The handwriting is on the wall, hand wringers, Apple is about to change some names. Again. This habit goes back to the beginning of the company’s history. Apple I became Apple II which was crazy successful but begat Apple III, which was a failure. Then along came Lisa, then the Mac. System became Mac OS which became Mac OS X, and now even that might change.
We’ll Miss You, OS X
Apple products have gone through a series of name changes through the years. Sure, it’s been ‘the Mac’ seemingly forever, but not just the Mac. Mac II, Mac LC, Mac SE, Mac Portable, Mac PowerBook, Mac Quadra, iMac, iBook, various G3 and G4 models, Mac mini, MacBook Air, Power Mac and MacBook Pro, and MacBook.
Whew. All Macs.
iPod, iPod mini, iPod nano, iPod Classic, iPhone iPhone G3 to iPhone 6s Plus and now iPhone SE. Times change and so do product names.
Say goodbye to OS X. Why? Because change.
Apple’s naming schemes for operating systems have gone through changes, too. The iPhone’s operating system became iOS. Now we have watchOS, tvOS, and if the hints prove true, soon no more OS X; instead, macOS.
See the pattern? OS fronted by a lower case name that describes the product (with iPhone and iPad being something of an anomaly, but it works).
The reason some Macophiles think OS X is headed for the dumpster is based upon some arcane reference to ‘macOS’ found in a document within the system folder of a new version of OS X. It’s a new document with a new name that contains ‘macOS.’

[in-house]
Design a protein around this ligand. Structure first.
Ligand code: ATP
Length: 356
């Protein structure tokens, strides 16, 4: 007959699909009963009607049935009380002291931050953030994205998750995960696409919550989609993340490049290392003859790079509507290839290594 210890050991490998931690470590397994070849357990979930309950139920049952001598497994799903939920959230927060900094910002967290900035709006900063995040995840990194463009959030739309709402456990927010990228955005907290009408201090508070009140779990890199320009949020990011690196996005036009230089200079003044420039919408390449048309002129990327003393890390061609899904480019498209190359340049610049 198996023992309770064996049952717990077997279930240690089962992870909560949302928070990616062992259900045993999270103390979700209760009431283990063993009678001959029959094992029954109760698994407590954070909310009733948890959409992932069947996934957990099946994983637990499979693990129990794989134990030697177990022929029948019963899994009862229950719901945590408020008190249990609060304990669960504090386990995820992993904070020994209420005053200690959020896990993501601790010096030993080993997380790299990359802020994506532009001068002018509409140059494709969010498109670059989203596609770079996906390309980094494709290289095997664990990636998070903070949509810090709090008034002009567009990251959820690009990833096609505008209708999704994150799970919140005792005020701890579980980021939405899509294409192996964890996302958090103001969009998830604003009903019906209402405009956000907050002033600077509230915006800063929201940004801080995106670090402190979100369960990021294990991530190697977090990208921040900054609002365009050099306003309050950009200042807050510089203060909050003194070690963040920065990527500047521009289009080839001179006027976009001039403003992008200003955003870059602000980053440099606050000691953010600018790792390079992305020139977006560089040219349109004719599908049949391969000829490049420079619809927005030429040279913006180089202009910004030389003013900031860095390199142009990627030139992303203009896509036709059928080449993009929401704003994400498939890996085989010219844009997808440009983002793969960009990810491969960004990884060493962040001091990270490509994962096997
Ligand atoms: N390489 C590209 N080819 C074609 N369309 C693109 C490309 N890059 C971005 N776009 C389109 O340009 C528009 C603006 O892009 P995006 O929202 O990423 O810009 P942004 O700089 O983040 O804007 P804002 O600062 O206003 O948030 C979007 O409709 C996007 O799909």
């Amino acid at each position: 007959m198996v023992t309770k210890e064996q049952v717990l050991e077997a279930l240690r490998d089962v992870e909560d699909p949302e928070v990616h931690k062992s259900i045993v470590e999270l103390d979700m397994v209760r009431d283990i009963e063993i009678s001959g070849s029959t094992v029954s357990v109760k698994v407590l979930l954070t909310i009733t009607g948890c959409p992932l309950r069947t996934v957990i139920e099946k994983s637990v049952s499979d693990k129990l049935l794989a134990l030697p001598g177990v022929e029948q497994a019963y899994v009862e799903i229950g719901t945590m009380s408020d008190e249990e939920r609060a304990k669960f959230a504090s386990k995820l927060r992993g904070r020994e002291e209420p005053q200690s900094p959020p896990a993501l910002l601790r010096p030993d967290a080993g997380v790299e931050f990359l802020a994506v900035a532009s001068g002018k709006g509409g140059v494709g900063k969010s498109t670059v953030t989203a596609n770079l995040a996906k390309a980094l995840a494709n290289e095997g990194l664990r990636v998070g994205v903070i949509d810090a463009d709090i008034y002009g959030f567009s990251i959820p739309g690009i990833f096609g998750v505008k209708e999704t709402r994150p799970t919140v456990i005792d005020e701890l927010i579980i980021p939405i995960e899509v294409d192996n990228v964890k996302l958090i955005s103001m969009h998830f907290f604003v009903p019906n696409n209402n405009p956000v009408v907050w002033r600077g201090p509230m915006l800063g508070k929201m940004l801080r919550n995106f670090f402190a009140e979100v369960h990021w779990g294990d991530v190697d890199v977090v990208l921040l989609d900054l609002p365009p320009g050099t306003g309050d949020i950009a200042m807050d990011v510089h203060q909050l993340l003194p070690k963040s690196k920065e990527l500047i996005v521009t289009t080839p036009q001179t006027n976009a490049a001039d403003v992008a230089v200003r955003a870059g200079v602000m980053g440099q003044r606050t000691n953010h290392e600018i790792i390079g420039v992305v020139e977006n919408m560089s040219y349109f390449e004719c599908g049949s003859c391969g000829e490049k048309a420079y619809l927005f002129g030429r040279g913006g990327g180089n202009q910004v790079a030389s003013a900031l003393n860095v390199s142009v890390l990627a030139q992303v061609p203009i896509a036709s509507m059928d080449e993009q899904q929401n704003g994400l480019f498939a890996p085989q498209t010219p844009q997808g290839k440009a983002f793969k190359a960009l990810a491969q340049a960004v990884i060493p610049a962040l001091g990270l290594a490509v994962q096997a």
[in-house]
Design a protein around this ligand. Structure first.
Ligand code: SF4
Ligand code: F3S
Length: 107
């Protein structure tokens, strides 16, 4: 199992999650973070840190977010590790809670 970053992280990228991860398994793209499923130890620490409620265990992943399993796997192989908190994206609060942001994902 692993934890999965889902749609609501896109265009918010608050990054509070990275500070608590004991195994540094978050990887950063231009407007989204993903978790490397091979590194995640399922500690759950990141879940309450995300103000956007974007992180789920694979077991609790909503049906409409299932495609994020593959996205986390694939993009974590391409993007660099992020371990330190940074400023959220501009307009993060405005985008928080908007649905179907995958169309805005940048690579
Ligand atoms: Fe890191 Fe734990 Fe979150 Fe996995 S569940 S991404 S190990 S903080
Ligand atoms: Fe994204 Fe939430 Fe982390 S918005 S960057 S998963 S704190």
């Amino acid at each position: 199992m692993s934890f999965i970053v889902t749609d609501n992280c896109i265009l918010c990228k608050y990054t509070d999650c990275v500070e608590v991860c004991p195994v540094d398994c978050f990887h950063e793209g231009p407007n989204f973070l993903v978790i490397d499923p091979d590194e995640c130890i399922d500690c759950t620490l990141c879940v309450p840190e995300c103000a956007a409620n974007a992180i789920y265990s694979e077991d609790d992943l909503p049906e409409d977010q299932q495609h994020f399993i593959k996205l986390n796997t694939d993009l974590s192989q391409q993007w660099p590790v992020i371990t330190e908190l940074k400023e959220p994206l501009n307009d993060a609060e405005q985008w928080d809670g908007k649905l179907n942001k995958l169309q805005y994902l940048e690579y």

Remember, it hasn’t been Mac OS X since 2012 when Apple dropped the Mac in favor of plain old OS X (Mountain Lion, Mavericks, Yosemite, and now El Capitan). The whole OS X naming scheme has become somewhat convoluted. The cat years from Puma to Mountain Lion are gone, replaced by famous locations in California. That naming convention is likely to change somewhere just before OS X Bakersfield, and since we already have iOS, watchOS, tvOS, why not make a major move to a simple ‘macOS?’
While macOS fits within the current naming scheme, it seems a bit devoid of personality and character, and that’s much of what the Mac has been and is all about, even today. But macOS, to me, is more character retaining that plain old vanilla OS X and a number and a name of place in California (although OS X Hollywood would be cool).
What Apple plans to do with the Mac name and OS X remains to be seen, but the company’s World Wide Developer’s Conference, usually scheduled for late spring, will tell us if Apple is ready to unify the operating system’s naming convention or whether or not we’ll be treated to OS X Death Valley.